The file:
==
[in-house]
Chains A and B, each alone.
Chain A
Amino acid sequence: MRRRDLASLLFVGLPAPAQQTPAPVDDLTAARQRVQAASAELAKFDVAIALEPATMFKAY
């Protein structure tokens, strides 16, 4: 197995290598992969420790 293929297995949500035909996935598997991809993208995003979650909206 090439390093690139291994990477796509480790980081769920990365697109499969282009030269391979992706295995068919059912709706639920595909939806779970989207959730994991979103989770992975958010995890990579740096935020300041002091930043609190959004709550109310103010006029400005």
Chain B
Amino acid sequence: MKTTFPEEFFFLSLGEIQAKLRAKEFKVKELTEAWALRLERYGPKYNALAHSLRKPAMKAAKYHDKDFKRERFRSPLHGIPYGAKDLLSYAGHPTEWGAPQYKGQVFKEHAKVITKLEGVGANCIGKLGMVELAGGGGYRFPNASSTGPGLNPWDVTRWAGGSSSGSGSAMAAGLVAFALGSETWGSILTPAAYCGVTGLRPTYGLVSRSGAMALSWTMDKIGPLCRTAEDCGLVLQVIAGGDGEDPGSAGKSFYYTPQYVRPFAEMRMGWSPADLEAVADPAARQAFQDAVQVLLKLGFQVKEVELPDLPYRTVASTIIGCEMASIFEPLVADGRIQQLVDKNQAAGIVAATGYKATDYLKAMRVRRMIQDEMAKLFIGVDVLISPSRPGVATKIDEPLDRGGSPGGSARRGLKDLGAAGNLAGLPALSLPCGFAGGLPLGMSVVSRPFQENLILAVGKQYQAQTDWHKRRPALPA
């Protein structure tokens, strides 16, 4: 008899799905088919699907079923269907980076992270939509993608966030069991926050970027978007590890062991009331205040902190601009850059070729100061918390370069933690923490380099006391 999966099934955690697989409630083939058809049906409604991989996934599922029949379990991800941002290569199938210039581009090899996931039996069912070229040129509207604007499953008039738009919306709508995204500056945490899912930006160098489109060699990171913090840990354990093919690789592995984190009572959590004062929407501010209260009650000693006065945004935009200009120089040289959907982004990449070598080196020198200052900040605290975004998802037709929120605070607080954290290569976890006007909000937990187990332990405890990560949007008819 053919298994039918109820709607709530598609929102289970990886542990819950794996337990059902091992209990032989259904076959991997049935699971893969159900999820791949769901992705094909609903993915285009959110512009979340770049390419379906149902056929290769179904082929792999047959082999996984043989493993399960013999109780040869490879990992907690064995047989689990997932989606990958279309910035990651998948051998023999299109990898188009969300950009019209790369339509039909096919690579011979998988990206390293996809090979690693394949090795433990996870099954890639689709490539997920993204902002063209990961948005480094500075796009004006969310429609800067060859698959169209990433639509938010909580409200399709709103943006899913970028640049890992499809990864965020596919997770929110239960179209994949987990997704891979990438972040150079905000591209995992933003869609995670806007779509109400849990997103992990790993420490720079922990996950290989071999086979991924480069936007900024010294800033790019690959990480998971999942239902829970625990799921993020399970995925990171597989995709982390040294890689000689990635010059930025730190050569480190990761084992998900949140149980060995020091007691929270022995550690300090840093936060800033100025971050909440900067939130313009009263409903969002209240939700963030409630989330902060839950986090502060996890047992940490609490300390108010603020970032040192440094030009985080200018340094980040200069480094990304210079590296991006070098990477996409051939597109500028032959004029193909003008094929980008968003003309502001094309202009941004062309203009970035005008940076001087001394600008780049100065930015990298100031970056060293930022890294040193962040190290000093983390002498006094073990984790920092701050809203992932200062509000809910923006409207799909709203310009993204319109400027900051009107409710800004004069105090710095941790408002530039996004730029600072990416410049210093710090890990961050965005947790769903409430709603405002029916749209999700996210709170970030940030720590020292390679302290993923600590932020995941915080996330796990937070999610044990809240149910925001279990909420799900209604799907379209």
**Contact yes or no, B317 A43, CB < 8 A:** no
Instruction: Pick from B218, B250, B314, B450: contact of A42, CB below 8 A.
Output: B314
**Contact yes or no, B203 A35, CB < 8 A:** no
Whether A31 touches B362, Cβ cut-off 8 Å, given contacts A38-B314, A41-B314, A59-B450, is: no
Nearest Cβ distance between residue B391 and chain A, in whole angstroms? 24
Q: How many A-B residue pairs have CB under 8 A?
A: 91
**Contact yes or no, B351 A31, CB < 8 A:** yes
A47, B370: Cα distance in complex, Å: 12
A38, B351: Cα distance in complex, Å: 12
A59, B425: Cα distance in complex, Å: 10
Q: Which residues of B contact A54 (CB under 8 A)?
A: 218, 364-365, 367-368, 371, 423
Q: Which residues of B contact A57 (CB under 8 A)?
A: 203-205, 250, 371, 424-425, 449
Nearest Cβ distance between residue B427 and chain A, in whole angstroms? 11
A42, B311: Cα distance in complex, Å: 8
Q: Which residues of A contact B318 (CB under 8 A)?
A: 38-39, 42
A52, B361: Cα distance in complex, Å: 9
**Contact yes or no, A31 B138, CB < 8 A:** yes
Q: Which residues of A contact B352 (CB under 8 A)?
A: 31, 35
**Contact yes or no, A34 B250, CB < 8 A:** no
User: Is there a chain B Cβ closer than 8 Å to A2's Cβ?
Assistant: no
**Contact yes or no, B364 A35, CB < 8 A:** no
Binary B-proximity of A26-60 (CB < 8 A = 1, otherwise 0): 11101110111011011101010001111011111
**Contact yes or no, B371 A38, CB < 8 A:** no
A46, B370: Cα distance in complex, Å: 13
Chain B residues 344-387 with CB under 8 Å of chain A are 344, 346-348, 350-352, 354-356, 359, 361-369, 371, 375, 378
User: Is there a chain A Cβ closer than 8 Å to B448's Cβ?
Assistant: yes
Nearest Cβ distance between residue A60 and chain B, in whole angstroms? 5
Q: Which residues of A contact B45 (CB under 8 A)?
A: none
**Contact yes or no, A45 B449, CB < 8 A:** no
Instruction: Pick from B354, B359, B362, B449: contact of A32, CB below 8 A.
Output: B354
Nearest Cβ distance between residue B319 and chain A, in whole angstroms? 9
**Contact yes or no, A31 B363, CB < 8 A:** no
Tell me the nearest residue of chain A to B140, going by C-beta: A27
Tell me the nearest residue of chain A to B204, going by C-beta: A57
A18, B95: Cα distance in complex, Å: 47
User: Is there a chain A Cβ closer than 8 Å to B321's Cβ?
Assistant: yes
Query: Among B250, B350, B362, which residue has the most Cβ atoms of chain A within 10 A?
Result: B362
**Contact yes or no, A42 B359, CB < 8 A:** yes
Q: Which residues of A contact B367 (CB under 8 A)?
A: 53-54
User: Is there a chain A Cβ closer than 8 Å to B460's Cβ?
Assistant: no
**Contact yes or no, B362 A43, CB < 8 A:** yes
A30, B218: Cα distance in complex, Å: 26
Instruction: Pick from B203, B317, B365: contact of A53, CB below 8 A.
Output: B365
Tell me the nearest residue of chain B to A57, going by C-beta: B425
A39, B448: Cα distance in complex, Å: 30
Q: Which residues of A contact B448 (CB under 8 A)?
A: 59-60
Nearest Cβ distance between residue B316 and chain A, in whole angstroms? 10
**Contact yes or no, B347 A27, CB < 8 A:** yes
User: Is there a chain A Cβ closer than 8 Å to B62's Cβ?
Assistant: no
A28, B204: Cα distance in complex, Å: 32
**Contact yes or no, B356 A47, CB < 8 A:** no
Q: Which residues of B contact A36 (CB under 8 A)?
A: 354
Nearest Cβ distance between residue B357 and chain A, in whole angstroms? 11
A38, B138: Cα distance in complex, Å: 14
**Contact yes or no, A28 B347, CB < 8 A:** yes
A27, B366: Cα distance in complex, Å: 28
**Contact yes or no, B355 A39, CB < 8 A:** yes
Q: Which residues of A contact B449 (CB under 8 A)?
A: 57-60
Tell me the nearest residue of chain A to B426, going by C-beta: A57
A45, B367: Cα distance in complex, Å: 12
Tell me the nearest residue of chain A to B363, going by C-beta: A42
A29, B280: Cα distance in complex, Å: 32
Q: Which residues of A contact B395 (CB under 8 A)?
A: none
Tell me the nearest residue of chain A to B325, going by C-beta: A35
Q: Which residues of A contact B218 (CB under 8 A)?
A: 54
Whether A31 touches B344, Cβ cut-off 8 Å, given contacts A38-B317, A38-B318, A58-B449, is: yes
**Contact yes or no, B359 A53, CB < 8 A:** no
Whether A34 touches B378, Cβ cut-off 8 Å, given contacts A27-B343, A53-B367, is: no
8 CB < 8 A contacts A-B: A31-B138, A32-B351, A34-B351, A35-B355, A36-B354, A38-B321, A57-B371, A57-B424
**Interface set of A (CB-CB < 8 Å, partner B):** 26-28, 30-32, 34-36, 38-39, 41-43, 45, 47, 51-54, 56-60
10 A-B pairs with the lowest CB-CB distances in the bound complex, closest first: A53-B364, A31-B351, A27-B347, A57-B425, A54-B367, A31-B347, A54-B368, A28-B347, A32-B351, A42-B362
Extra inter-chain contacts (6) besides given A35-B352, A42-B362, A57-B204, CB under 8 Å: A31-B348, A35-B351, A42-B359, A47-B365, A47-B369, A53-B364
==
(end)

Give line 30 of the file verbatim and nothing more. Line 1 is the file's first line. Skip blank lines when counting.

**Contact yes or no, A31 B138, CB < 8 A:** yes